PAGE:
Henderson and Coon in NLLT

McLing is pleased to report that Jessica Coon’s paper with Robert Henderson (Post-doc ’12-’13), “Adverbs and Variability in Kaqchikel Agent Focus: A Reply to Erlewine (2016)”, has been accepted for publication in Natural Language and Linguistic Theory.

The paper is available here.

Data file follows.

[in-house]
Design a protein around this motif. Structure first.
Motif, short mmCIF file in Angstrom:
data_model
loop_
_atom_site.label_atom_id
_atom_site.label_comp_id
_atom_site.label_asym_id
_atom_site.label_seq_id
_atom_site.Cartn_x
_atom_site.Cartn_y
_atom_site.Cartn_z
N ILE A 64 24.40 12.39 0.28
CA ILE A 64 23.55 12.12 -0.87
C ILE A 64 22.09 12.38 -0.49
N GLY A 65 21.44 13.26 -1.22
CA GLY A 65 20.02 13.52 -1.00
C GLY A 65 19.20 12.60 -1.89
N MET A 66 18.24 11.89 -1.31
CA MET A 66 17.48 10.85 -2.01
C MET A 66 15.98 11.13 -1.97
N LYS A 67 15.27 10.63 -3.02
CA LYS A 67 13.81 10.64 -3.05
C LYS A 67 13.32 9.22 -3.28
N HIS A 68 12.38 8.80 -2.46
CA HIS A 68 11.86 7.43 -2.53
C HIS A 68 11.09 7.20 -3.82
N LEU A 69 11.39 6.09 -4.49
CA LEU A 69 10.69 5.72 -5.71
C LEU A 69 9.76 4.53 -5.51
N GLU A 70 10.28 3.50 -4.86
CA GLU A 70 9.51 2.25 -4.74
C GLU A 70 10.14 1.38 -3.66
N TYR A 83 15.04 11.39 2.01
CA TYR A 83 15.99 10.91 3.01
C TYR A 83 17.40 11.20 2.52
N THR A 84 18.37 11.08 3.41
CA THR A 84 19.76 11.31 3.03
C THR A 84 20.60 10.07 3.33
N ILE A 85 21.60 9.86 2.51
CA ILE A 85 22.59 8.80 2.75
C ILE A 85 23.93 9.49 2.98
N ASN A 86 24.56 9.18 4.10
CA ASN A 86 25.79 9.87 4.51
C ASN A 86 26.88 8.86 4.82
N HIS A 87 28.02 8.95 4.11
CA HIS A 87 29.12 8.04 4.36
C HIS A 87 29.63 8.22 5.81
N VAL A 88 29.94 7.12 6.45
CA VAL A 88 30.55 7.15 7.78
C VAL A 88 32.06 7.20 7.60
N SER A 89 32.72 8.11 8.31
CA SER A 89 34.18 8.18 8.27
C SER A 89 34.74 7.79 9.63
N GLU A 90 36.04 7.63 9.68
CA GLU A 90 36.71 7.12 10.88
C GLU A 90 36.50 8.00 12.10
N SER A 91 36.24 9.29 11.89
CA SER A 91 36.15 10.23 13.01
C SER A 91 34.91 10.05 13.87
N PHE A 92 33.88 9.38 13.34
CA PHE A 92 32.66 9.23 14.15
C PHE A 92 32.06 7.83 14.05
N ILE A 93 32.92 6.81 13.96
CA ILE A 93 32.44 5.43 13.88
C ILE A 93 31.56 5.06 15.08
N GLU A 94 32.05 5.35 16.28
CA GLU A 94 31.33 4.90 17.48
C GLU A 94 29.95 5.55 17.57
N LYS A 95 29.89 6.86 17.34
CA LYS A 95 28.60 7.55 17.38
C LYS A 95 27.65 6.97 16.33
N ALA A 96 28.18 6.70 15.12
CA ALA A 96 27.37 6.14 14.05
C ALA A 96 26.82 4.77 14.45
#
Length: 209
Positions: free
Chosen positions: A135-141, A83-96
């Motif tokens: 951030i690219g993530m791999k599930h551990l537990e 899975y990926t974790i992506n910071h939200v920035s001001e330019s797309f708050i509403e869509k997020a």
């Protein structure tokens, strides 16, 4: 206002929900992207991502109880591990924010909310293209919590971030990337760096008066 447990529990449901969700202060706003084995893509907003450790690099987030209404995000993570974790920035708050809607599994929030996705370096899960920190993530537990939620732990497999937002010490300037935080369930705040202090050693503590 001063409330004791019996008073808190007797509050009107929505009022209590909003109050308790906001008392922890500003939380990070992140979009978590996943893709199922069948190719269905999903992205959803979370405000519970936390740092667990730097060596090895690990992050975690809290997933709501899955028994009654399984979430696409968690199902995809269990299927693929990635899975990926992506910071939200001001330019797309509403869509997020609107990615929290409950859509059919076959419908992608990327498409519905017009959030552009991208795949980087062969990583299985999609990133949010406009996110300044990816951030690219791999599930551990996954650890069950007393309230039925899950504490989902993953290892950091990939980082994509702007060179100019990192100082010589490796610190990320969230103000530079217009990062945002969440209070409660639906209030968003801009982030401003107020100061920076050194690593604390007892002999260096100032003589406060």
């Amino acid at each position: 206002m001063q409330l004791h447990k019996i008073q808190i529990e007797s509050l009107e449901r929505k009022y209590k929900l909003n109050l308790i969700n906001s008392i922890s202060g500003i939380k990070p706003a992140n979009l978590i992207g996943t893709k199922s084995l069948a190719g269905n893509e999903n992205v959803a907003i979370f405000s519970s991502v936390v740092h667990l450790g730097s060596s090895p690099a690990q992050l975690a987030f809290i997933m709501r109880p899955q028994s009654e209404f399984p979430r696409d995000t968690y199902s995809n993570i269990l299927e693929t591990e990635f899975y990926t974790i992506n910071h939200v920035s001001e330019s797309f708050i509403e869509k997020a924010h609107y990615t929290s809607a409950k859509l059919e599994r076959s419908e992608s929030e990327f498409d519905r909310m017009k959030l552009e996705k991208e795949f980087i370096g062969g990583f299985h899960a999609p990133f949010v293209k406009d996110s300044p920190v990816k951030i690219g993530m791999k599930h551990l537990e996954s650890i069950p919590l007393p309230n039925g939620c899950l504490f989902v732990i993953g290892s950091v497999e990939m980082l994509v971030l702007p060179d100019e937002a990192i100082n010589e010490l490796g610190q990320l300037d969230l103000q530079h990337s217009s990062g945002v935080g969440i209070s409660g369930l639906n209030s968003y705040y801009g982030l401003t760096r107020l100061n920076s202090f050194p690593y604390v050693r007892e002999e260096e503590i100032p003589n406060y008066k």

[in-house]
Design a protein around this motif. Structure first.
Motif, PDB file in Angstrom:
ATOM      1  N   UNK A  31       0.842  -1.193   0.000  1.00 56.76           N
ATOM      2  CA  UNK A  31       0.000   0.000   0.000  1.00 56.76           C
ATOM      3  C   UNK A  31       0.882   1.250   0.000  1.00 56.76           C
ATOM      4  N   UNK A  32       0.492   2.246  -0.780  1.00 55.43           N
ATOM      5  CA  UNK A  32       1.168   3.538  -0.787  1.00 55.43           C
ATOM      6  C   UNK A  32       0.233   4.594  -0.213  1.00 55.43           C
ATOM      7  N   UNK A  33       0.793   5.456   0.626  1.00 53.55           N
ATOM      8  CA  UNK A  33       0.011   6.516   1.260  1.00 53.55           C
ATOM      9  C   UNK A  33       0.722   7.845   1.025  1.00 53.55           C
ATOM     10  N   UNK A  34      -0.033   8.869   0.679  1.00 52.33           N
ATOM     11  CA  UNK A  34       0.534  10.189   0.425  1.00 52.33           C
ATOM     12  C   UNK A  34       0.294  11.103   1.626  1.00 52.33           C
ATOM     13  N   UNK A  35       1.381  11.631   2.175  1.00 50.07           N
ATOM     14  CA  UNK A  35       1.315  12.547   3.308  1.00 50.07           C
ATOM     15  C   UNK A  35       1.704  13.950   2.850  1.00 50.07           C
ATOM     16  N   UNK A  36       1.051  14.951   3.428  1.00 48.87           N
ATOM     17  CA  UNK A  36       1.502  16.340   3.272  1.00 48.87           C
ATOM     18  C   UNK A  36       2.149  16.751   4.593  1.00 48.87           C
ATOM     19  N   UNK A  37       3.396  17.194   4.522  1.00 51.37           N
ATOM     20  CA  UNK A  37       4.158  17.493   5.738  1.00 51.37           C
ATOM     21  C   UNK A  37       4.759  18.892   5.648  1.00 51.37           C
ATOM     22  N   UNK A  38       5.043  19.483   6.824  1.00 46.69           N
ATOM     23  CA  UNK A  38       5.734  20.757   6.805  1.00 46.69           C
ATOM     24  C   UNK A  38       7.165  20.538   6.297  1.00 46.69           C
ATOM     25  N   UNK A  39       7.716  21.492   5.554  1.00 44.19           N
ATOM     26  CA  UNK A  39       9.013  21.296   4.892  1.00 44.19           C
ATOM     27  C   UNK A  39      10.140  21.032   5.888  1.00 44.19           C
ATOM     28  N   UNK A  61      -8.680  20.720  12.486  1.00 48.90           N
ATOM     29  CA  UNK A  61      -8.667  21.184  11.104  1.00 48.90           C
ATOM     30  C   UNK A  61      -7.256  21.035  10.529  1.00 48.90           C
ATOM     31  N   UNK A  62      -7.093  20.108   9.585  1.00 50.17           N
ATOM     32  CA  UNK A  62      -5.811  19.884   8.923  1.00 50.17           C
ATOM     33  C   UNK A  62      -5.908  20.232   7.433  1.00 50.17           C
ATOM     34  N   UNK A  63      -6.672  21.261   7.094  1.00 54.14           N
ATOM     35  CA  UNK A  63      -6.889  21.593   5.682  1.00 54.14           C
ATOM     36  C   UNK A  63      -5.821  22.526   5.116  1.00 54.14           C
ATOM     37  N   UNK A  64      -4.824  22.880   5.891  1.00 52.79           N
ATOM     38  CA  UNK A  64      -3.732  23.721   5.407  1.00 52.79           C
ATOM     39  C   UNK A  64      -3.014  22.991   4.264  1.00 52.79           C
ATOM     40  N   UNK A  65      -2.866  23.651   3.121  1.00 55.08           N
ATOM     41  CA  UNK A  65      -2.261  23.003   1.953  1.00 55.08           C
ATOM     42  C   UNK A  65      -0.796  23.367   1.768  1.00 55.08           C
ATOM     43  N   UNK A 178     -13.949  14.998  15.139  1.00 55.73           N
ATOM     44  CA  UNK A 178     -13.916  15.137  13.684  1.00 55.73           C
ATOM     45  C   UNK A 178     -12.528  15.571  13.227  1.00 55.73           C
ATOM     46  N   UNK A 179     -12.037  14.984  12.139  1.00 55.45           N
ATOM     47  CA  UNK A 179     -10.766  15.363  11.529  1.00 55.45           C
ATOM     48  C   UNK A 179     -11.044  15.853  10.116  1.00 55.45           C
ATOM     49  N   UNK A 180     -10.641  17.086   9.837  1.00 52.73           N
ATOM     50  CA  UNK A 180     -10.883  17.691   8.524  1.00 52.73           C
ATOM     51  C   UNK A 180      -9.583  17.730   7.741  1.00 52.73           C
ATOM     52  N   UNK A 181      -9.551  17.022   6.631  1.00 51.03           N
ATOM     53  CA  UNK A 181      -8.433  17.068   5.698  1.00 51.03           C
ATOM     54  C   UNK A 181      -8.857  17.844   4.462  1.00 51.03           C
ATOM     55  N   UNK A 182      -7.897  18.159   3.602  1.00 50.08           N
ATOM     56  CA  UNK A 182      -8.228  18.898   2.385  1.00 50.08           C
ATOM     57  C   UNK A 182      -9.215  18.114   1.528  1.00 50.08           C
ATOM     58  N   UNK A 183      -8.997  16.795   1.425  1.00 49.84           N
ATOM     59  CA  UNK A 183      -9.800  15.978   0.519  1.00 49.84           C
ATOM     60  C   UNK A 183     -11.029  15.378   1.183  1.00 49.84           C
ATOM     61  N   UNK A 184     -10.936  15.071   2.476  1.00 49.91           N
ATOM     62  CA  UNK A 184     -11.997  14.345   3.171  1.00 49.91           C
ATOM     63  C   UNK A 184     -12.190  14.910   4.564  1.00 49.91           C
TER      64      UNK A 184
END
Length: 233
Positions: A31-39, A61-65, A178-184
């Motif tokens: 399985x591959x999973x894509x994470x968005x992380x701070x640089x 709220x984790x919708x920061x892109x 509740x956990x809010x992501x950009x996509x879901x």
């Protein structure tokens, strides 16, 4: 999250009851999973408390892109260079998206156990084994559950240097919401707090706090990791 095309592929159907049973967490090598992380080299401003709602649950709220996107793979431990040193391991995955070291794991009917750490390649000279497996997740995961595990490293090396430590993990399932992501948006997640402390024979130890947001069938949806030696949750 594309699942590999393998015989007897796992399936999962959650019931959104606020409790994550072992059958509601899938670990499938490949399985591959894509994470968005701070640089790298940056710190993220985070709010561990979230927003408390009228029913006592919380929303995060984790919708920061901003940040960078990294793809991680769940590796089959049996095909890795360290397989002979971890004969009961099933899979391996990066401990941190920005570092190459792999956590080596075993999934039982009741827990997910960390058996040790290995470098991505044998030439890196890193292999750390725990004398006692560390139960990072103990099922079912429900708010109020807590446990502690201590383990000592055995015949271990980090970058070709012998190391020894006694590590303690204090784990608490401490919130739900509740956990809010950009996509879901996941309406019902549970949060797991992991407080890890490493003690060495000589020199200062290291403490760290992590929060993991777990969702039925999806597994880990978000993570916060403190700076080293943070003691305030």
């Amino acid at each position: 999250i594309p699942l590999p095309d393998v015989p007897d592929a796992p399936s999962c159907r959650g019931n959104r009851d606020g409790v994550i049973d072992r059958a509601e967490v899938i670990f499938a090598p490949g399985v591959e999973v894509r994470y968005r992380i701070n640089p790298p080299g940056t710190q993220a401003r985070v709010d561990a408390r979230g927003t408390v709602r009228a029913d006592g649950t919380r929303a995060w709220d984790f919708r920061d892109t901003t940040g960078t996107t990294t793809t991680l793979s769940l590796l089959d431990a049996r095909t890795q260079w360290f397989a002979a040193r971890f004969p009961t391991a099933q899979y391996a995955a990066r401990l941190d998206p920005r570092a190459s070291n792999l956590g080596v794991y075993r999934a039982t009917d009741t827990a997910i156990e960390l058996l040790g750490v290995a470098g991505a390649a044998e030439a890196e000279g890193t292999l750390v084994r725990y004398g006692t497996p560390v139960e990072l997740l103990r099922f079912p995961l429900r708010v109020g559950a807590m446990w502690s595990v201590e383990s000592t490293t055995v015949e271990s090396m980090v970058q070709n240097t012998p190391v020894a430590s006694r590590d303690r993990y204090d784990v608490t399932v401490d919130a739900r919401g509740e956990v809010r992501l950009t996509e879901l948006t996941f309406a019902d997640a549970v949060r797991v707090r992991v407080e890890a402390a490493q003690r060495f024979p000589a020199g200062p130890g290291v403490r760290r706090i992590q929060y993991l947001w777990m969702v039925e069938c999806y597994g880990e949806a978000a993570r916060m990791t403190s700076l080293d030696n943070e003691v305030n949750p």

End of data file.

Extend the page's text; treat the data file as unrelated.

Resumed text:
In many languages with ergative morphology, transitive subjects (i.e. ergatives) are unable to undergo A’-extraction. This extraction asymmetry is a common hallmark of “syntactic ergativity,” and is found in a range of typologically diverse languages (see e.g. Deal 2016; Polinsky to appear, and works cited there). In Kaqchikel, the A’-extraction of transitive subjects requires a special verb form, known in Mayanist literature as Agent Focus (AF). In a recent paper, Erlewine (2016) argues the restriction on A’-extracting transitive subjects in Kaqchikel is the result of an Anti-Locality effect: transitive subjects are not permitted to extract because they are too close to C. This analysis relies crucially on Erlewine’s proposal that transitive subjects undergo movement to Spec,IP while intransitive subjects remain low. For Erlewine, this derives the fact that transitive (ergative) subjects, but not intransitive (absolutive) subjects are subject to extraction restrictions. Furthermore, it makes the strong prediction that phrasal material intervening between IP and CP should obviate the need for AF in clauses with subject extraction. In this paper, we argue against the Anti-Locality analysis of ergative A’-extraction restrictions along two lines. First, we raise concerns with the proposal that transitive, but not intransitive subjects, move to Spec,IP. Our second, and main focus, is to show that there is variation in whether AF is observed in configurations intervening phrasal material, with a primary focus on intervening adverbs. We propose an alternative account for the variation in whether AF is observed in the presence of adverbs and discuss consequences for accounts of ergative extraction asymmetries more generally.

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